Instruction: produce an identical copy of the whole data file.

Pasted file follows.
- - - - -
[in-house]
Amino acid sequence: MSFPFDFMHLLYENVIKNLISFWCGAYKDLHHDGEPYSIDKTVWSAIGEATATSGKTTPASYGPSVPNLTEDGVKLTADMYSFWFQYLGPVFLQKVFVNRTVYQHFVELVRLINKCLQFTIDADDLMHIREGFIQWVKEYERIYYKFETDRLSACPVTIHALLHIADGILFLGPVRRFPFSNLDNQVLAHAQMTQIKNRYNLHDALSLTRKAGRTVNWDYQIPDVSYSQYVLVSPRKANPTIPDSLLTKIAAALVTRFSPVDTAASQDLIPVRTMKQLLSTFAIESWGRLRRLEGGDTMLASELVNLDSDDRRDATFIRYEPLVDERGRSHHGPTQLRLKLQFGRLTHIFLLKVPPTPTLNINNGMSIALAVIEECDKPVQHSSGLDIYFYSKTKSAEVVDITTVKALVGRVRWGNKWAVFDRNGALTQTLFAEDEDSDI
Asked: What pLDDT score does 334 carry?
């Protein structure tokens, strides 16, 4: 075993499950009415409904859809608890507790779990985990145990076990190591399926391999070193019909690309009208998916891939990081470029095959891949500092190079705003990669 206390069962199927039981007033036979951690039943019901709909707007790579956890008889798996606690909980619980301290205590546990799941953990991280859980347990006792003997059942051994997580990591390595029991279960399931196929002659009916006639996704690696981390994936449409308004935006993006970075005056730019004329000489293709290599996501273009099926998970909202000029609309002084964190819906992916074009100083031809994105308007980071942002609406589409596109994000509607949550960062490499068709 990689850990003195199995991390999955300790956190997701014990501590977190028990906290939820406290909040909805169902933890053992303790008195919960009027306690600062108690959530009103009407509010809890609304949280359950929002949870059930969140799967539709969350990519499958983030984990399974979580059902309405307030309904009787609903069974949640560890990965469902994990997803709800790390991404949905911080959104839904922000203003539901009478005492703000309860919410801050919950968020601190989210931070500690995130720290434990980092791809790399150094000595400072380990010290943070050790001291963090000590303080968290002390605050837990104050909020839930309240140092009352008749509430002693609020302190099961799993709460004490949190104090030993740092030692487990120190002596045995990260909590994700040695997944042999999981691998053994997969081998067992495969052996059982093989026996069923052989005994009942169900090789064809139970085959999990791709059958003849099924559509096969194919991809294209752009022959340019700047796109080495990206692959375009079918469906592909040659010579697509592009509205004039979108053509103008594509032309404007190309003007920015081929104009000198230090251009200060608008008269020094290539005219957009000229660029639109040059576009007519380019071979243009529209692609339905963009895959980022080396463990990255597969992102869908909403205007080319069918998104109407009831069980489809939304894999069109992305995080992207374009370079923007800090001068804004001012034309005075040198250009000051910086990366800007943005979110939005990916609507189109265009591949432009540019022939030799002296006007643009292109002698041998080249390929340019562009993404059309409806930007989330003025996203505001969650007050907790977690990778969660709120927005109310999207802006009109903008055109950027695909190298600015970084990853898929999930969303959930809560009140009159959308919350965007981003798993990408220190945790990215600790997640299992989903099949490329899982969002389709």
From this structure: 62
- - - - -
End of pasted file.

[in-house]
Amino acid sequence: MSFPFDFMHLLYENVIKNLISFWCGAYKDLHHDGEPYSIDKTVWSAIGEATATSGKTTPASYGPSVPNLTEDGVKLTADMYSFWFQYLGPVFLQKVFVNRTVYQHFVELVRLINKCLQFTIDADDLMHIREGFIQWVKEYERIYYKFETDRLSACPVTIHALLHIADGILFLGPVRRFPFSNLDNQVLAHAQMTQIKNRYNLHDALSLTRKAGRTVNWDYQIPDVSYSQYVLVSPRKANPTIPDSLLTKIAAALVTRFSPVDTAASQDLIPVRTMKQLLSTFAIESWGRLRRLEGGDTMLASELVNLDSDDRRDATFIRYEPLVDERGRSHHGPTQLRLKLQFGRLTHIFLLKVPPTPTLNINNGMSIALAVIEECDKPVQHSSGLDIYFYSKTKSAEVVDITTVKALVGRVRWGNKWAVFDRNGALTQTLFAEDEDSDI
Asked: What pLDDT score does 334 carry?
């Protein structure tokens, strides 16, 4: 075993499950009415409904859809608890507790779990985990145990076990190591399926391999070193019909690309009208998916891939990081470029095959891949500092190079705003990669 206390069962199927039981007033036979951690039943019901709909707007790579956890008889798996606690909980619980301290205590546990799941953990991280859980347990006792003997059942051994997580990591390595029991279960399931196929002659009916006639996704690696981390994936449409308004935006993006970075005056730019004329000489293709290599996501273009099926998970909202000029609309002084964190819906992916074009100083031809994105308007980071942002609406589409596109994000509607949550960062490499068709 990689850990003195199995991390999955300790956190997701014990501590977190028990906290939820406290909040909805169902933890053992303790008195919960009027306690600062108690959530009103009407509010809890609304949280359950929002949870059930969140799967539709969350990519499958983030984990399974979580059902309405307030309904009787609903069974949640560890990965469902994990997803709800790390991404949905911080959104839904922000203003539901009478005492703000309860919410801050919950968020601190989210931070500690995130720290434990980092791809790399150094000595400072380990010290943070050790001291963090000590303080968290002390605050837990104050909020839930309240140092009352008749509430002693609020302190099961799993709460004490949190104090030993740092030692487990120190002596045995990260909590994700040695997944042999999981691998053994997969081998067992495969052996059982093989026996069923052989005994009942169900090789064809139970085959999990791709059958003849099924559509096969194919991809294209752009022959340019700047796109080495990206692959375009079918469906592909040659010579697509592009509205004039979108053509103008594509032309404007190309003007920015081929104009000198230090251009200060608008008269020094290539005219957009000229660029639109040059576009007519380019071979243009529209692609339905963009895959980022080396463990990255597969992102869908909403205007080319069918998104109407009831069980489809939304894999069109992305995080992207374009370079923007800090001068804004001012034309005075040198250009000051910086990366800007943005979110939005990916609507189109265009591949432009540019022939030799002296006007643009292109002698041998080249390929340019562009993404059309409806930007989330003025996203505001969650007050907790977690990778969660709120927005109310999207802006009109903008055109950027695909190298600015970084990853898929999930969303959930809560009140009159959308919350965007981003798993990408220190945790990215600790997640299992989903099949490329899982969002389709």
From this structure: 62